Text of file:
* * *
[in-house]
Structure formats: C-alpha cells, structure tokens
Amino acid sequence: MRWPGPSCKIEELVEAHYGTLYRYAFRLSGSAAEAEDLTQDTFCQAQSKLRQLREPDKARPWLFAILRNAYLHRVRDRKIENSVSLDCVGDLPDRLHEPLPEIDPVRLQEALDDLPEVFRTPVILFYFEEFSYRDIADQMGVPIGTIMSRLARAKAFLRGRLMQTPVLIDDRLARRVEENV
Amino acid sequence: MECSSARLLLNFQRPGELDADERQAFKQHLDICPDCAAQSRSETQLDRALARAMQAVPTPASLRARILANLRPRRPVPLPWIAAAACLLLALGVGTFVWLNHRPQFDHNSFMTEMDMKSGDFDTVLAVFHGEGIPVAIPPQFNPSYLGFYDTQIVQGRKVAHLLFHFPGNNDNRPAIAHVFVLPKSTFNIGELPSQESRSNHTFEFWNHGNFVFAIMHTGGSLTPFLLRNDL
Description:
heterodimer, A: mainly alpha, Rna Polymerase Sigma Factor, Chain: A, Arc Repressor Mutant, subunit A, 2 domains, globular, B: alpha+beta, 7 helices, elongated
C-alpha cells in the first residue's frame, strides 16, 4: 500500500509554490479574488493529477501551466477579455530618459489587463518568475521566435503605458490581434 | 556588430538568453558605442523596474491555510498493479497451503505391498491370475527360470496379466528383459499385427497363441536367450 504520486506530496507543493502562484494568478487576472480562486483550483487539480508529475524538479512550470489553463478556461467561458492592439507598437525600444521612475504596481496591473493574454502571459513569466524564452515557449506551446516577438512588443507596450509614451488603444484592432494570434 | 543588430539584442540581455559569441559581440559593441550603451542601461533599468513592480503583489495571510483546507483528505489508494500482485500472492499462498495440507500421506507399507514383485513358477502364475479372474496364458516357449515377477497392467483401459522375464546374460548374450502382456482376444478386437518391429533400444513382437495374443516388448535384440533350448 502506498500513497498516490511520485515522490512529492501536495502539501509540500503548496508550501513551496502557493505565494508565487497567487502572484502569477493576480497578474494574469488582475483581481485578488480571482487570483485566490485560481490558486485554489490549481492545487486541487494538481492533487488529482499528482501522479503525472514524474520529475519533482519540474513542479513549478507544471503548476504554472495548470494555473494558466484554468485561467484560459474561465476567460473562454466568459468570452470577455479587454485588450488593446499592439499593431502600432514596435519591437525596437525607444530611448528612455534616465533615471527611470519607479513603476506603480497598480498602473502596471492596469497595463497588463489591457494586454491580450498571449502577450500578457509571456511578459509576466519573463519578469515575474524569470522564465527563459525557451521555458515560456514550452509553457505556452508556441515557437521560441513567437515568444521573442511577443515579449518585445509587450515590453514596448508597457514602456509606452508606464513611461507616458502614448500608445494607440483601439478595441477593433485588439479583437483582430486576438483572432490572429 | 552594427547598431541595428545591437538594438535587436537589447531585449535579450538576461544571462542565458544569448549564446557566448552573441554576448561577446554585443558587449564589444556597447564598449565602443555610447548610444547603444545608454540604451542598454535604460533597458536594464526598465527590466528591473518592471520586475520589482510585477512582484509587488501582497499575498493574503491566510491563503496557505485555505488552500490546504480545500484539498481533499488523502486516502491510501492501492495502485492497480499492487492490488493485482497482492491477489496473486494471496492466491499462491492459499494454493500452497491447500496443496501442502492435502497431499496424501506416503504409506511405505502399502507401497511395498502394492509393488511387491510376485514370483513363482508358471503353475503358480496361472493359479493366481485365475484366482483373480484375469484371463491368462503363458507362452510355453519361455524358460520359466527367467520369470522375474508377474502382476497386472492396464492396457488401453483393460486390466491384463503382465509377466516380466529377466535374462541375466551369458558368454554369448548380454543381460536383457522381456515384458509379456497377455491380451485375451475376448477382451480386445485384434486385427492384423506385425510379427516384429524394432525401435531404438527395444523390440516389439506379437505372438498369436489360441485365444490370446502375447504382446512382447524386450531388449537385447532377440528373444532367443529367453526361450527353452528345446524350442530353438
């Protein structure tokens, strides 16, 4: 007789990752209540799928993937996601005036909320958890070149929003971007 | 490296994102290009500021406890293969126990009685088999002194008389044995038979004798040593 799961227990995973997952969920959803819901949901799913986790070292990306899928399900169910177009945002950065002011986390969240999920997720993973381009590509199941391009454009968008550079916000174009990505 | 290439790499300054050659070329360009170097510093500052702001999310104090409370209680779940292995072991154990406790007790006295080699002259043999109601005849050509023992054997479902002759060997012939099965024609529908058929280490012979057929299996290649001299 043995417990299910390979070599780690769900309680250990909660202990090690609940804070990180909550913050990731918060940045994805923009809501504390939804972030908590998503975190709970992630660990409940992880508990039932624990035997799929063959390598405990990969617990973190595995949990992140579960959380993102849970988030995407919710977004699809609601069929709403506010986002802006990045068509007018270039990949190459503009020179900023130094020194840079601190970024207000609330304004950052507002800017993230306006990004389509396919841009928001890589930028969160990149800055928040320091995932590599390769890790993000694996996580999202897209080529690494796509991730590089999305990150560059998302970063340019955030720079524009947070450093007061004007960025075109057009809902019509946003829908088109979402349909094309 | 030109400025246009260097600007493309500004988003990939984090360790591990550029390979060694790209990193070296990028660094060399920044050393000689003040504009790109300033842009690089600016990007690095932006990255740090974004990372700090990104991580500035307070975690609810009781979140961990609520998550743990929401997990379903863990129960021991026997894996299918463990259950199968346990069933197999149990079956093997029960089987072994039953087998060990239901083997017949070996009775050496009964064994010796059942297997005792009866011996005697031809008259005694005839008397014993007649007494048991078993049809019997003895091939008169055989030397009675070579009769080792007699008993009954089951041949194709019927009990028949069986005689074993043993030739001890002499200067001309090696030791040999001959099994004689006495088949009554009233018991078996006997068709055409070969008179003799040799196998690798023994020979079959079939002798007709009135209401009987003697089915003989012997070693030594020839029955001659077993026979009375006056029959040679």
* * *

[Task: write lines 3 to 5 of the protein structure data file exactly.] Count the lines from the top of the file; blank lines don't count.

Amino acid sequence: MRWPGPSCKIEELVEAHYGTLYRYAFRLSGSAAEAEDLTQDTFCQAQSKLRQLREPDKARPWLFAILRNAYLHRVRDRKIENSVSLDCVGDLPDRLHEPLPEIDPVRLQEALDDLPEVFRTPVILFYFEEFSYRDIADQMGVPIGTIMSRLARAKAFLRGRLMQTPVLIDDRLARRVEENV
Amino acid sequence: MECSSARLLLNFQRPGELDADERQAFKQHLDICPDCAAQSRSETQLDRALARAMQAVPTPASLRARILANLRPRRPVPLPWIAAAACLLLALGVGTFVWLNHRPQFDHNSFMTEMDMKSGDFDTVLAVFHGEGIPVAIPPQFNPSYLGFYDTQIVQGRKVAHLLFHFPGNNDNRPAIAHVFVLPKSTFNIGELPSQESRSNHTFEFWNHGNFVFAIMHTGGSLTPFLLRNDL
Description: